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Filipinas Jagna by Capt. Morrell Maguzara of PSSS

I cannot really stress the names of the ships sailing the route because ship assignments always change. Where it was the Lady of Love before for Medallion Transport now it is their newly-fielded Lady of Triumph which is in the route as the former is being refitted. Where before Cokaliong Shipping Lines used their good Filipinas Cebu to counter the fast Lady of Love, currently they are using the sister ships Filipinas Jagna and Filipinas Surigao del Norte in the route and the two were just recently fielded. The only problem for this competition is the ships arrive at about 4am and that is too early for the driver who still wants some sleep especially if the drive is still long.

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Filipinas Surigao del Norte by Mark Edelson Idulsa Ocul of PSSS.

Very recently, a RORO Starlite Ferries Inc. also fielded a RORO in this route. Their ship is the new Stella Maris. However, the difference in the style of the Stella Maris is she would sail twice a day which means a day sailing and a night sailing. I just wonder if there is enough cargo for them for that frequency. Like Medallion Transport, she stresses rolling cargo over loose and palletized cargo.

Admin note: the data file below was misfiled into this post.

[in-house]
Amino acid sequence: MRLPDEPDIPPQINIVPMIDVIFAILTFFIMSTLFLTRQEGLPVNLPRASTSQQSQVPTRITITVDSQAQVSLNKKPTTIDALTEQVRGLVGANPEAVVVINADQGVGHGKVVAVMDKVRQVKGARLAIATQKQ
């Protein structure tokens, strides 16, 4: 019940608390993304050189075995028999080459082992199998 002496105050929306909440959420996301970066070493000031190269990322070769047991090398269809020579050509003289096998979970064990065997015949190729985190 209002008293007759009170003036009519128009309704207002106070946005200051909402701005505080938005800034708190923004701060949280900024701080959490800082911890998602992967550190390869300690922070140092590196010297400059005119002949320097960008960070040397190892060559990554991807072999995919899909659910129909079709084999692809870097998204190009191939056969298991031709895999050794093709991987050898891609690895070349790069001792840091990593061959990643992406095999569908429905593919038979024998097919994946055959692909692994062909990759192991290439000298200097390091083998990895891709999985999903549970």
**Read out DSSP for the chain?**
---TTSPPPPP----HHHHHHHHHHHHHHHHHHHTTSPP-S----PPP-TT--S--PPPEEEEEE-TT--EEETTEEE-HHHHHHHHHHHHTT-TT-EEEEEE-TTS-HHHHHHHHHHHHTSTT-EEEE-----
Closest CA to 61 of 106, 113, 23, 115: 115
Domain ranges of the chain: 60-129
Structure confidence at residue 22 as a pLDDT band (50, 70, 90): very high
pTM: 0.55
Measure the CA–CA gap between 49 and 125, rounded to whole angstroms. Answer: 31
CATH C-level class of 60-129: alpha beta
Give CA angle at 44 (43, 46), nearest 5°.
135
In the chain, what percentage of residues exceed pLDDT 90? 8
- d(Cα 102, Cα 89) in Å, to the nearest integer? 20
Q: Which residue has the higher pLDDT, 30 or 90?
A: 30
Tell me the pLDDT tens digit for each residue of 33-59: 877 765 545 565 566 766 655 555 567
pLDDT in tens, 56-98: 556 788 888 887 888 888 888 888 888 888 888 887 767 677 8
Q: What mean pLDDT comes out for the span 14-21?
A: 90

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Stella Maris by Ryan Diel of PSSS.

Maybe there is something in this route to attract three shipping companies and four competing ferry-ROROs. Probably, the route through Leyte to Mindanao with two sea crossings is kaput now as it will always be dearer and with more strain to the driver and also a longer transit time.

This development bears watching as this route not only impacts Surigao but also Nasipit and Cagayan de Oro ports. Lately, I heard the rates to Cagayan de Oro from are already cheaper. That is the beauty of competition – the consumers win.

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Verano Port of Surigao City by Aris Refugio of PSSS.

If this route holds then Surigao City as point of entry to Mindanao from Cebu will be highlighted more.